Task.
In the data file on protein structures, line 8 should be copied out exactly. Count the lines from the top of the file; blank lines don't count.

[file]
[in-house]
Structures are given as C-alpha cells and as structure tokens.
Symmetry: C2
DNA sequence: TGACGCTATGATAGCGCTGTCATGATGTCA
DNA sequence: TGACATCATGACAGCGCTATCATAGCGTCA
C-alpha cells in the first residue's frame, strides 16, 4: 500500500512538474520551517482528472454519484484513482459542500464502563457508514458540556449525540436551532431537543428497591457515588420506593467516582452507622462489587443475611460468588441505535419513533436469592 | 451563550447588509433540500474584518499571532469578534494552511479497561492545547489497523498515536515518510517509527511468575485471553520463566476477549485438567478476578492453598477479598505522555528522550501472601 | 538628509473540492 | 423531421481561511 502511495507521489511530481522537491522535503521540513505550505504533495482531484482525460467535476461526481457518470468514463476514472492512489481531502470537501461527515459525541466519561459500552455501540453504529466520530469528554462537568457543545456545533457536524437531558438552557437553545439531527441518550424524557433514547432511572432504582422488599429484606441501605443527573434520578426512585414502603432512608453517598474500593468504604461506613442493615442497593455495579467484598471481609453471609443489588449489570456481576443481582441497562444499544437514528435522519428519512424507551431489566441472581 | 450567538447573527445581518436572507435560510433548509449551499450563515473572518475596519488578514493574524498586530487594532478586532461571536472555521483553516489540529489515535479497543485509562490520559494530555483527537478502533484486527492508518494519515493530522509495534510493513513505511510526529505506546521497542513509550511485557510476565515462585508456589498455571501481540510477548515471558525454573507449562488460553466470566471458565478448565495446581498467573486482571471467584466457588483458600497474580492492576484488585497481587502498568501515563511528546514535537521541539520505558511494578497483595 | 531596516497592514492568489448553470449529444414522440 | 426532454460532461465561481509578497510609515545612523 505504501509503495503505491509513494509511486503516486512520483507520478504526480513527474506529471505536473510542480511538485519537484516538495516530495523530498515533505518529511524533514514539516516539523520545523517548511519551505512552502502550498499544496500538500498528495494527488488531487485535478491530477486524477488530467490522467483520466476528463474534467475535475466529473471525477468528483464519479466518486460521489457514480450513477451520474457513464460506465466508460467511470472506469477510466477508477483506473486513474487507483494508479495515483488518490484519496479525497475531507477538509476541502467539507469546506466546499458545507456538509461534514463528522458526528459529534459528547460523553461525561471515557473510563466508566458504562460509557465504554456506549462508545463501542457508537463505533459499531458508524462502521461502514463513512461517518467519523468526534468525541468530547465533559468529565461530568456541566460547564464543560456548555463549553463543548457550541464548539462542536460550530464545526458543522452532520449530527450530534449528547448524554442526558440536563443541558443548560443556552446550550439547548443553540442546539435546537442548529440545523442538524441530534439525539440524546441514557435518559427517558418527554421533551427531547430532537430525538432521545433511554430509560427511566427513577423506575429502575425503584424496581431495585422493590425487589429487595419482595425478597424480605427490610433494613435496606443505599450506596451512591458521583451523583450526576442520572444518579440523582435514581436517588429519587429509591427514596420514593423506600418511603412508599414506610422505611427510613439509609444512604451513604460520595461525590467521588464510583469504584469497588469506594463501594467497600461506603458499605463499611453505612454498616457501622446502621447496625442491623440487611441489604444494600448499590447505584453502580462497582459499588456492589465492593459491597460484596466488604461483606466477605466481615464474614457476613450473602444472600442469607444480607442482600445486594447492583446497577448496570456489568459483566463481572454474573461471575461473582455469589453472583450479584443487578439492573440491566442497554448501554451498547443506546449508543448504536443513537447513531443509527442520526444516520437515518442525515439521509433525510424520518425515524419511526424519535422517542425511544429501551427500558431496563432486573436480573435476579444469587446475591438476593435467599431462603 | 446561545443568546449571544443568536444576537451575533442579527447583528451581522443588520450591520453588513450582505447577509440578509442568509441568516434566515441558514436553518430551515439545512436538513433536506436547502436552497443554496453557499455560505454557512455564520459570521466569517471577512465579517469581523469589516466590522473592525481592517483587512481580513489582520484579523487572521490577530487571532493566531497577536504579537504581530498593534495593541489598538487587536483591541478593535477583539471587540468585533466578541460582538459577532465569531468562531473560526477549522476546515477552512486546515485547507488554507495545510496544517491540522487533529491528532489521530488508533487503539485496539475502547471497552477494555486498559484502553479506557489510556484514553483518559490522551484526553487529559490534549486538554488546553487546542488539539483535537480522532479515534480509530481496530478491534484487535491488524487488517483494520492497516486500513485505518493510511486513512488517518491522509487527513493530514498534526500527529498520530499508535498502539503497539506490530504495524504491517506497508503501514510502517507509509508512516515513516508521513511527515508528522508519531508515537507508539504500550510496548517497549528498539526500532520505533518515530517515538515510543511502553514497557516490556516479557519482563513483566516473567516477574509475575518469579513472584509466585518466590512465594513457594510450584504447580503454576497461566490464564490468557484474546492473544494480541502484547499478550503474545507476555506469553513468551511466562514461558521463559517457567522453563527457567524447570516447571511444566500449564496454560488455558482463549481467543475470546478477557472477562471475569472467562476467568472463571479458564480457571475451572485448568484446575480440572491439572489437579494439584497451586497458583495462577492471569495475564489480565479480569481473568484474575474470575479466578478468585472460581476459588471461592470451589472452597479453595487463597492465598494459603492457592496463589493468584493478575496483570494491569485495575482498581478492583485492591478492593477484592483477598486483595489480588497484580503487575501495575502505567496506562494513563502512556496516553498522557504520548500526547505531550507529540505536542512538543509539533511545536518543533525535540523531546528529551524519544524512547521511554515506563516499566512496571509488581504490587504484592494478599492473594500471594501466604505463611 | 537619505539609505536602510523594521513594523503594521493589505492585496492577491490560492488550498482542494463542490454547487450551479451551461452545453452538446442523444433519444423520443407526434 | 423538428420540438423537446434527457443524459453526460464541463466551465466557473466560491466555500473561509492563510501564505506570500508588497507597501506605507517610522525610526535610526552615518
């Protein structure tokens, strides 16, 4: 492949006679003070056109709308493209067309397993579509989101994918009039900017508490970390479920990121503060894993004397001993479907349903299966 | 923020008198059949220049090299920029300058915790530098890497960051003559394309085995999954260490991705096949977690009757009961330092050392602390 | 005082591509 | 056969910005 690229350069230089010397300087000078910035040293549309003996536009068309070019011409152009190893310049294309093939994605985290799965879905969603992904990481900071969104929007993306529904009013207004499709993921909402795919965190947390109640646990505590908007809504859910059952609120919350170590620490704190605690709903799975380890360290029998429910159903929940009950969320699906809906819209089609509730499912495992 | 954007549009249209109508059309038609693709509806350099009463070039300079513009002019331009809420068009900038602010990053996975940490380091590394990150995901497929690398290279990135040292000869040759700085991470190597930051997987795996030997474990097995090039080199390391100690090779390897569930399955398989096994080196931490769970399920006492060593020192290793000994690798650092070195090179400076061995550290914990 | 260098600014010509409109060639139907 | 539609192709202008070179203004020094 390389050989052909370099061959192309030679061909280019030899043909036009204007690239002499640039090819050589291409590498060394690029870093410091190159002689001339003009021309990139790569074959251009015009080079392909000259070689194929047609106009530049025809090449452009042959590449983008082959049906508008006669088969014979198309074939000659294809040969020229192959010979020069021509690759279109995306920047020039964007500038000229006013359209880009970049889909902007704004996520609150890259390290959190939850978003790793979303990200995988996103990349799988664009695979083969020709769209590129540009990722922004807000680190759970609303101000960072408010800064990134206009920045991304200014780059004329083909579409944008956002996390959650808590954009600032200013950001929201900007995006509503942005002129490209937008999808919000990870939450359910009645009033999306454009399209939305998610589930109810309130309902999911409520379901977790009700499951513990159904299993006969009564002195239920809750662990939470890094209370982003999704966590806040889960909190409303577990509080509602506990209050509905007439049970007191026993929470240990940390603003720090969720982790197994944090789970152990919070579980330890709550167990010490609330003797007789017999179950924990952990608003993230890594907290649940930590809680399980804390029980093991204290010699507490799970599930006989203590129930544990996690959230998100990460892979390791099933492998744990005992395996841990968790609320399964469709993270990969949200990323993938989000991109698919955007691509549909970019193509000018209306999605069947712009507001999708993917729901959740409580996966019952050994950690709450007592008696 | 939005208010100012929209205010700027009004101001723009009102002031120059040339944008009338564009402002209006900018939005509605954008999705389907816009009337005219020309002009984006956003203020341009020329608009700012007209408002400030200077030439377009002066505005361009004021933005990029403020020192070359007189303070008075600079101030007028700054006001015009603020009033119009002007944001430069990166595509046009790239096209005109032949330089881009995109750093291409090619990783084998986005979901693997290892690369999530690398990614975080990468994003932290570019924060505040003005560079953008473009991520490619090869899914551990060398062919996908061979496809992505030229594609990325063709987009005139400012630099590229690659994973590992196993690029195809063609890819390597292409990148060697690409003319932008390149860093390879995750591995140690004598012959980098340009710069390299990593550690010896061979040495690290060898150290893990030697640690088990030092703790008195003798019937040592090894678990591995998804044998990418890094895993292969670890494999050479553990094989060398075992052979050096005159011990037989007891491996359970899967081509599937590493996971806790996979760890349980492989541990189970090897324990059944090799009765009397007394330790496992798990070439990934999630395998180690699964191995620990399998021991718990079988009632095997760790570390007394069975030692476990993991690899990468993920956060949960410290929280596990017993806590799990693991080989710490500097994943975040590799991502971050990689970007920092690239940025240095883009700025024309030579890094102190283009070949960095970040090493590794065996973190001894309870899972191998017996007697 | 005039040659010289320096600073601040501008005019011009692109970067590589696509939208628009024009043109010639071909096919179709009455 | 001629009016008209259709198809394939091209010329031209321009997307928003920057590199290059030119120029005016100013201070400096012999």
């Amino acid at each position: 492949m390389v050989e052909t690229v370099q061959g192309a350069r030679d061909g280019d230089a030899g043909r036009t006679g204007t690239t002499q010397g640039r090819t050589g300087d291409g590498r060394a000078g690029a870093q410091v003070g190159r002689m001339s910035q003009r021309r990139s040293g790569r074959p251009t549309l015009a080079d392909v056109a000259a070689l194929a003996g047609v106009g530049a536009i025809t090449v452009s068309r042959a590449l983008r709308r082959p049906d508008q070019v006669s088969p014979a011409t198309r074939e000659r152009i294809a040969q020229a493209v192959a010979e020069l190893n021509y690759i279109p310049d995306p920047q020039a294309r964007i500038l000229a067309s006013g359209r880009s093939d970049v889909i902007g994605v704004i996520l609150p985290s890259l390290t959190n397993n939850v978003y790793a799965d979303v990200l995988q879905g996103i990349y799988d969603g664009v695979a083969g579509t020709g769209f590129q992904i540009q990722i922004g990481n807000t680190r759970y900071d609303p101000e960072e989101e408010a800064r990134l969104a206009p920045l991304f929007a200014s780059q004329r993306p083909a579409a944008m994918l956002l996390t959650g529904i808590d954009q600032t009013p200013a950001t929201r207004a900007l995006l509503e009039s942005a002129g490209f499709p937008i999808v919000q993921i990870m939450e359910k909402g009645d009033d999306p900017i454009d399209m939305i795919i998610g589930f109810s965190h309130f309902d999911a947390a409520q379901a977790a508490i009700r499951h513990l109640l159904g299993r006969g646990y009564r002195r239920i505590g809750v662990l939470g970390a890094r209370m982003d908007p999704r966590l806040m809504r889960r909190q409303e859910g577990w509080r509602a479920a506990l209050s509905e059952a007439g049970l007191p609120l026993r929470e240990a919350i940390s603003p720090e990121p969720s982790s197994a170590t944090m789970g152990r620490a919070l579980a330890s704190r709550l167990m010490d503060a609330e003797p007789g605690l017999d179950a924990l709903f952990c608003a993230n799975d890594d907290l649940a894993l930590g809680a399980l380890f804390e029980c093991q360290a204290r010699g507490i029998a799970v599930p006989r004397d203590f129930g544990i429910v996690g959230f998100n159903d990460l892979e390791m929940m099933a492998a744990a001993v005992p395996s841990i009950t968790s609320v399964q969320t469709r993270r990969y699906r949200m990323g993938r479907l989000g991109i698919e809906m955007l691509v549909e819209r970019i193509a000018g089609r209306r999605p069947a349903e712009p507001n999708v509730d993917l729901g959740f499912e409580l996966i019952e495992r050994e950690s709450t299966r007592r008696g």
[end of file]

């Amino acid at each position: 492949m390389v050989e052909t690229v370099q061959g192309a350069r030679d061909g280019d230089a030899g043909r036009t006679g204007t690239t002499q010397g640039r090819t050589g300087d291409g590498r060394a000078g690029a870093q410091v003070g190159r002689m001339s910035q003009r021309r990139s040293g790569r074959p251009t549309l015009a080079d392909v056109a000259a070689l194929a003996g047609v106009g530049a536009i025809t090449v452009s068309r042959a590449l983008r709308r082959p049906d508008q070019v006669s088969p014979a011409t198309r074939e000659r152009i294809a040969q020229a493209v192959a010979e020069l190893n021509y690759i279109p310049d995306p920047q020039a294309r964007i500038l000229a067309s006013g359209r880009s093939d970049v889909i902007g994605v704004i996520l609150p985290s890259l390290t959190n397993n939850v978003y790793a799965d979303v990200l995988q879905g996103i990349y799988d969603g664009v695979a083969g579509t020709g769209f590129q992904i540009q990722i922004g990481n807000t680190r759970y900071d609303p101000e960072e989101e408010a800064r990134l969104a206009p920045l991304f929007a200014s780059q004329r993306p083909a579409a944008m994918l956002l996390t959650g529904i808590d954009q600032t009013p200013a950001t929201r207004a900007l995006l509503e009039s942005a002129g490209f499709p937008i999808v919000q993921i990870m939450e359910k909402g009645d009033d999306p900017i454009d399209m939305i795919i998610g589930f109810s965190h309130f309902d999911a947390a409520q379901a977790a508490i009700r499951h513990l109640l159904g299993r006969g646990y009564r002195r239920i505590g809750v662990l939470g970390a890094r209370m982003d908007p999704r966590l806040m809504r889960r909190q409303e859910g577990w509080r509602a479920a506990l209050s509905e059952a007439g049970l007191p609120l026993r929470e240990a919350i940390s603003p720090e990121p969720s982790s197994a170590t944090m789970g152990r620490a919070l579980a330890s704190r709550l167990m010490d503060a609330e003797p007789g605690l017999d179950a924990l709903f952990c608003a993230n799975d890594d907290l649940a894993l930590g809680a399980l380890f804390e029980c093991q360290a204290r010699g507490i029998a799970v599930p006989r004397d203590f129930g544990i429910v996690g959230f998100n159903d990460l892979e390791m929940m099933a492998a744990a001993v005992p395996s841990i009950t968790s609320v399964q969320t469709r993270r990969y699906r949200m990323g993938r479907l989000g991109i698919e809906m955007l691509v549909e819209r970019i193509a000018g089609r209306r999605p069947a349903e712009p507001n999708v509730d993917l729901g959740f499912e409580l996966i019952e495992r050994e950690s709450t299966r007592r008696g």